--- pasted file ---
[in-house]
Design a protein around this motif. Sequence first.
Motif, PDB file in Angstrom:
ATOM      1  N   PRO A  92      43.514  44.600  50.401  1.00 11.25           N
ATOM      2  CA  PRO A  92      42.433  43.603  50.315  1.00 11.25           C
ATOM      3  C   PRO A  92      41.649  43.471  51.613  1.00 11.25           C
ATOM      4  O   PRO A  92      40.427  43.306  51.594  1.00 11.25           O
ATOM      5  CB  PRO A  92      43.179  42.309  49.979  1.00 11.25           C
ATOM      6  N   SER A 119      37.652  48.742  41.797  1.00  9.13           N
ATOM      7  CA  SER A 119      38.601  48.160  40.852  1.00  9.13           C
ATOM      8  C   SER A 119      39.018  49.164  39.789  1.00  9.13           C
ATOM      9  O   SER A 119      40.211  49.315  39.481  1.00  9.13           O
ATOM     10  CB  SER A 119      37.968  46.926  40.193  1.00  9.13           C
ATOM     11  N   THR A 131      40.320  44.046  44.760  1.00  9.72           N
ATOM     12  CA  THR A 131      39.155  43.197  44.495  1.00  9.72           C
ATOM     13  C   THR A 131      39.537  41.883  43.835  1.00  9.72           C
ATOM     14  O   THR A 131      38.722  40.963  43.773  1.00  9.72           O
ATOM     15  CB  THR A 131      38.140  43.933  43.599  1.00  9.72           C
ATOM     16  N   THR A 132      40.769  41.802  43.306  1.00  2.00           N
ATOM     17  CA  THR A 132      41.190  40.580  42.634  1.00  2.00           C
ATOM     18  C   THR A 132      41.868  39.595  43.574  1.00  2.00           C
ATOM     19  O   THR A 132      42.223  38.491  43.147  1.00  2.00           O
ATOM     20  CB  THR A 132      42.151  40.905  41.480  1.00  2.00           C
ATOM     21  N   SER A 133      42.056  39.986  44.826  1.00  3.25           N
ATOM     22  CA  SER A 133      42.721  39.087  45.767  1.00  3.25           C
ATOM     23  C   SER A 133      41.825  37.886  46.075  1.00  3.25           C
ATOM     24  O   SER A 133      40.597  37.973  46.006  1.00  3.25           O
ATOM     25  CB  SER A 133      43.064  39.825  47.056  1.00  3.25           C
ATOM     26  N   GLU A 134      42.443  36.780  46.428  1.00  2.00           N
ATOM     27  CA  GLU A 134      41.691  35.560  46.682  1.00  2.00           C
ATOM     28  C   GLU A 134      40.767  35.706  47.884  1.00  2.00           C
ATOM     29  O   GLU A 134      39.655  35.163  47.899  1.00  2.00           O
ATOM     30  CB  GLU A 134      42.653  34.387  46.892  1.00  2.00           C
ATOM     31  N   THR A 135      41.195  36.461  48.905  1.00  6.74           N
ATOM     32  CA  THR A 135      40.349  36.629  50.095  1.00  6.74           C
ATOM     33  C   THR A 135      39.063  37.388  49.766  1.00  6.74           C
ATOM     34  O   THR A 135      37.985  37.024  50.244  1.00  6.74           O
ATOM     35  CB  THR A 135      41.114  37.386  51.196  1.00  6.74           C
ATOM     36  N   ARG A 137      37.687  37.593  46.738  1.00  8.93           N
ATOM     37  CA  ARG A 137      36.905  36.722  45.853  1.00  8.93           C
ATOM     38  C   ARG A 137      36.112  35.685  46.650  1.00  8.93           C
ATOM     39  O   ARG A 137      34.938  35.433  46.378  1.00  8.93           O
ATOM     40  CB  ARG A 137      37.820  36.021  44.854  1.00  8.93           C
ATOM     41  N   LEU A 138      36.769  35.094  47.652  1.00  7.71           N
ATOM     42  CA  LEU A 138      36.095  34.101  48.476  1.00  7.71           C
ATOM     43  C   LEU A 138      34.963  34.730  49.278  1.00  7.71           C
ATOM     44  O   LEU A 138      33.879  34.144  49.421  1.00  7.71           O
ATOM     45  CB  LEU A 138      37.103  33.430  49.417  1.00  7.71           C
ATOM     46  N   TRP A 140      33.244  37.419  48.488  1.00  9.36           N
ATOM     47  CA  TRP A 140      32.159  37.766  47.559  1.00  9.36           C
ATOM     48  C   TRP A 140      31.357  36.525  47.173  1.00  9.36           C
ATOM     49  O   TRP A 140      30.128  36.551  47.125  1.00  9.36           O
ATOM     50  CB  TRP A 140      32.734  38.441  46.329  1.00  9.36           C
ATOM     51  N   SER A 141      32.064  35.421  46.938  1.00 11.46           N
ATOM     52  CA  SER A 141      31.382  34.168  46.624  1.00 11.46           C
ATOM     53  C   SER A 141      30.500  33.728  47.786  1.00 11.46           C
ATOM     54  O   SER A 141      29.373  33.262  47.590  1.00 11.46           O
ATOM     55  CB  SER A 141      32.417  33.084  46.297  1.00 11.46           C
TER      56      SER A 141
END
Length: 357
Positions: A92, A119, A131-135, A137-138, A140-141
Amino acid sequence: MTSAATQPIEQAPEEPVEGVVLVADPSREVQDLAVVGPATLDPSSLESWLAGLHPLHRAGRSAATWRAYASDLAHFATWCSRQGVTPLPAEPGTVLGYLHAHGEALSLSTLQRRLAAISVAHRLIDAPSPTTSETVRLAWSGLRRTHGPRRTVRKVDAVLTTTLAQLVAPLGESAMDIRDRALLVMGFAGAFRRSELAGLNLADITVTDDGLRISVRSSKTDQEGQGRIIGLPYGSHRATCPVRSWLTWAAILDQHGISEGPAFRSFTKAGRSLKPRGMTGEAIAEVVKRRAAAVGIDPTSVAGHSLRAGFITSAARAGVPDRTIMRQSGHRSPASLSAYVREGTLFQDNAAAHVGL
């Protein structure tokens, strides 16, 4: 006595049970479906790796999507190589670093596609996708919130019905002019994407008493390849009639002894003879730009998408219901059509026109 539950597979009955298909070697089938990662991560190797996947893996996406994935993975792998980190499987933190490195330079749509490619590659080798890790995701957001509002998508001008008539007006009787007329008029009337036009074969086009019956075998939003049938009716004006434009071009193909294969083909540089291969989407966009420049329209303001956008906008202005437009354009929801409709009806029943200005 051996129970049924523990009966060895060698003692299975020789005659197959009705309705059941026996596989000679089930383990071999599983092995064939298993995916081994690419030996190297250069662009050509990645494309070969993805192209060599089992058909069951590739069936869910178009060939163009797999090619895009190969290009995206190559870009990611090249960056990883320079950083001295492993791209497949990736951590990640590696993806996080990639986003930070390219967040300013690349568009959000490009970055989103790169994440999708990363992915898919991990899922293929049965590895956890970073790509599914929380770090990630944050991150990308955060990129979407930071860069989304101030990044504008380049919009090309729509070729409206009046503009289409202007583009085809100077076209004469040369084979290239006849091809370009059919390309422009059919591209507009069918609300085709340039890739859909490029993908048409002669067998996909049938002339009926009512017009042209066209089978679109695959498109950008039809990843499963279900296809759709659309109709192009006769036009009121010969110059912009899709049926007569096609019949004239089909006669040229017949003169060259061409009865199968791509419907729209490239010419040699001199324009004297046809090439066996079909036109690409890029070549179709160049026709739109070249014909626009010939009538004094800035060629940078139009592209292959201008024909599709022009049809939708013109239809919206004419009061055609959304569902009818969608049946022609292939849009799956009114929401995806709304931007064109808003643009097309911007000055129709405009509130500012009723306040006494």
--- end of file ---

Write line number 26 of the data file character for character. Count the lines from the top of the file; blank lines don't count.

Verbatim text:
ATOM     23  C   SER A 133      41.825  37.886  46.075  1.00  3.25           C